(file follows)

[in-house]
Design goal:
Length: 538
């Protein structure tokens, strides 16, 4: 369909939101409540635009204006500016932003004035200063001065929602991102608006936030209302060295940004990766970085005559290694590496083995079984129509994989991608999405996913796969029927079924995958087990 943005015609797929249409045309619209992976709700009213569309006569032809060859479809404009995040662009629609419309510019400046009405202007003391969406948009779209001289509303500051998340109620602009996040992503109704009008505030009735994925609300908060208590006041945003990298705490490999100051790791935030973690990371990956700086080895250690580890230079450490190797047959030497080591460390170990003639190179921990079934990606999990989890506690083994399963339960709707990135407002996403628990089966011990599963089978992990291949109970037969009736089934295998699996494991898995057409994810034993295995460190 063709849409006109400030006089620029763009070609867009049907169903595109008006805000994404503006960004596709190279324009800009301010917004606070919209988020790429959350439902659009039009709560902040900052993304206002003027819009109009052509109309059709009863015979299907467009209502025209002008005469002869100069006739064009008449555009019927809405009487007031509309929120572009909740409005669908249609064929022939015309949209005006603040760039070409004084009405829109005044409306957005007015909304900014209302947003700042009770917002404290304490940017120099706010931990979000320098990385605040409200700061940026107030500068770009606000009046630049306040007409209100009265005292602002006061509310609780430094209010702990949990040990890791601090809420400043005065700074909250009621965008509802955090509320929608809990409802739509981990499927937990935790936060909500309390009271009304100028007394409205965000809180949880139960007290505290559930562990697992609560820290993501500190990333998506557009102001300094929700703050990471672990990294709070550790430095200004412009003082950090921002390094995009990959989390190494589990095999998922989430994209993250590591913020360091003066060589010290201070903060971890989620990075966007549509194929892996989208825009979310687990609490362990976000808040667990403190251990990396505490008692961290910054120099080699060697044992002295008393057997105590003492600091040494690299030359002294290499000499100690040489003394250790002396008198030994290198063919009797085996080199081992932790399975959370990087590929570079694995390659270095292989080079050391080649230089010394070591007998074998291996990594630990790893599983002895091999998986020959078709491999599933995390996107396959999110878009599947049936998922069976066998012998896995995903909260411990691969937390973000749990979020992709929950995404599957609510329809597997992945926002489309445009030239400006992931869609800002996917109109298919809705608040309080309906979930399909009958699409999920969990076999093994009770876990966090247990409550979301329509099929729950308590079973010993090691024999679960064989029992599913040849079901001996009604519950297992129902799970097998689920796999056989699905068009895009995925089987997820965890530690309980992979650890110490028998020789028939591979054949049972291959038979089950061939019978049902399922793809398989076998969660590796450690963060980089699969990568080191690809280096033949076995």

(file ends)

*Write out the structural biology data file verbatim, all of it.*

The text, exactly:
[in-house]
Design goal:
Length: 538
């Protein structure tokens, strides 16, 4: 369909939101409540635009204006500016932003004035200063001065929602991102608006936030209302060295940004990766970085005559290694590496083995079984129509994989991608999405996913796969029927079924995958087990 943005015609797929249409045309619209992976709700009213569309006569032809060859479809404009995040662009629609419309510019400046009405202007003391969406948009779209001289509303500051998340109620602009996040992503109704009008505030009735994925609300908060208590006041945003990298705490490999100051790791935030973690990371990956700086080895250690580890230079450490190797047959030497080591460390170990003639190179921990079934990606999990989890506690083994399963339960709707990135407002996403628990089966011990599963089978992990291949109970037969009736089934295998699996494991898995057409994810034993295995460190 063709849409006109400030006089620029763009070609867009049907169903595109008006805000994404503006960004596709190279324009800009301010917004606070919209988020790429959350439902659009039009709560902040900052993304206002003027819009109009052509109309059709009863015979299907467009209502025209002008005469002869100069006739064009008449555009019927809405009487007031509309929120572009909740409005669908249609064929022939015309949209005006603040760039070409004084009405829109005044409306957005007015909304900014209302947003700042009770917002404290304490940017120099706010931990979000320098990385605040409200700061940026107030500068770009606000009046630049306040007409209100009265005292602002006061509310609780430094209010702990949990040990890791601090809420400043005065700074909250009621965008509802955090509320929608809990409802739509981990499927937990935790936060909500309390009271009304100028007394409205965000809180949880139960007290505290559930562990697992609560820290993501500190990333998506557009102001300094929700703050990471672990990294709070550790430095200004412009003082950090921002390094995009990959989390190494589990095999998922989430994209993250590591913020360091003066060589010290201070903060971890989620990075966007549509194929892996989208825009979310687990609490362990976000808040667990403190251990990396505490008692961290910054120099080699060697044992002295008393057997105590003492600091040494690299030359002294290499000499100690040489003394250790002396008198030994290198063919009797085996080199081992932790399975959370990087590929570079694995390659270095292989080079050391080649230089010394070591007998074998291996990594630990790893599983002895091999998986020959078709491999599933995390996107396959999110878009599947049936998922069976066998012998896995995903909260411990691969937390973000749990979020992709929950995404599957609510329809597997992945926002489309445009030239400006992931869609800002996917109109298919809705608040309080309906979930399909009958699409999920969990076999093994009770876990966090247990409550979301329509099929729950308590079973010993090691024999679960064989029992599913040849079901001996009604519950297992129902799970097998689920796999056989699905068009895009995925089987997820965890530690309980992979650890110490028998020789028939591979054949049972291959038979089950061939019978049902399922793809398989076998969660590796450690963060980089699969990568080191690809280096033949076995």